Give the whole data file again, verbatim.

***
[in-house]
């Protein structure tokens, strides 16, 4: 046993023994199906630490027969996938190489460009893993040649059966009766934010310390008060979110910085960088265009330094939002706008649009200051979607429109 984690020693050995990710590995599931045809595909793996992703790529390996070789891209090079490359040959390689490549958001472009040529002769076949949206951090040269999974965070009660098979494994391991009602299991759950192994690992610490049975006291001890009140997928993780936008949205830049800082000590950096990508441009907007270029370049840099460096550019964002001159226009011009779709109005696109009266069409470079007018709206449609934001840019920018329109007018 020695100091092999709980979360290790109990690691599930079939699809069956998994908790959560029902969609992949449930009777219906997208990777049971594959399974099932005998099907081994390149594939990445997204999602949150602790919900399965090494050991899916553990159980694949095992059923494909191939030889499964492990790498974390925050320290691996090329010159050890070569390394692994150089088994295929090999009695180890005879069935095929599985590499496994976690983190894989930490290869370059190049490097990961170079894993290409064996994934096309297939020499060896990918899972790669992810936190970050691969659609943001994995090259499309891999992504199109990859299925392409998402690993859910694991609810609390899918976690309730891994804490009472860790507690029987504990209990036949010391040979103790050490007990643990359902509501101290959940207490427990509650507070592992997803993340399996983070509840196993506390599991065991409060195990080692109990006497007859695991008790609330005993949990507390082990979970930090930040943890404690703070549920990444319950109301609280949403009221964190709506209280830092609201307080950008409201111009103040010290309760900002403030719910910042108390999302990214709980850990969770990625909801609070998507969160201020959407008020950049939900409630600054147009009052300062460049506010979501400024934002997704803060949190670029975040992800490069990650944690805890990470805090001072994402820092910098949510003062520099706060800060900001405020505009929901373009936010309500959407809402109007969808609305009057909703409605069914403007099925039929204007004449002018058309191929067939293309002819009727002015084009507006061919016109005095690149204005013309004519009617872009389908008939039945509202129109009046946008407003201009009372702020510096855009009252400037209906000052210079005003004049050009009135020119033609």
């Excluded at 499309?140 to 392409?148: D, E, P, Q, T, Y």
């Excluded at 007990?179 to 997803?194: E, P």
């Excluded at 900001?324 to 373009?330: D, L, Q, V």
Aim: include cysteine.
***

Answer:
[in-house]
């Protein structure tokens, strides 16, 4: 046993023994199906630490027969996938190489460009893993040649059966009766934010310390008060979110910085960088265009330094939002706008649009200051979607429109 984690020693050995990710590995599931045809595909793996992703790529390996070789891209090079490359040959390689490549958001472009040529002769076949949206951090040269999974965070009660098979494994391991009602299991759950192994690992610490049975006291001890009140997928993780936008949205830049800082000590950096990508441009907007270029370049840099460096550019964002001159226009011009779709109005696109009266069409470079007018709206449609934001840019920018329109007018 020695100091092999709980979360290790109990690691599930079939699809069956998994908790959560029902969609992949449930009777219906997208990777049971594959399974099932005998099907081994390149594939990445997204999602949150602790919900399965090494050991899916553990159980694949095992059923494909191939030889499964492990790498974390925050320290691996090329010159050890070569390394692994150089088994295929090999009695180890005879069935095929599985590499496994976690983190894989930490290869370059190049490097990961170079894993290409064996994934096309297939020499060896990918899972790669992810936190970050691969659609943001994995090259499309891999992504199109990859299925392409998402690993859910694991609810609390899918976690309730891994804490009472860790507690029987504990209990036949010391040979103790050490007990643990359902509501101290959940207490427990509650507070592992997803993340399996983070509840196993506390599991065991409060195990080692109990006497007859695991008790609330005993949990507390082990979970930090930040943890404690703070549920990444319950109301609280949403009221964190709506209280830092609201307080950008409201111009103040010290309760900002403030719910910042108390999302990214709980850990969770990625909801609070998507969160201020959407008020950049939900409630600054147009009052300062460049506010979501400024934002997704803060949190670029975040992800490069990650944690805890990470805090001072994402820092910098949510003062520099706060800060900001405020505009929901373009936010309500959407809402109007969808609305009057909703409605069914403007099925039929204007004449002018058309191929067939293309002819009727002015084009507006061919016109005095690149204005013309004519009617872009389908008939039945509202129109009046946008407003201009009372702020510096855009009252400037209906000052210079005003004049050009009135020119033609």
């Excluded at 499309?140 to 392409?148: D, E, P, Q, T, Y």
């Excluded at 007990?179 to 997803?194: E, P």
């Excluded at 900001?324 to 373009?330: D, L, Q, V």
Aim: include cysteine.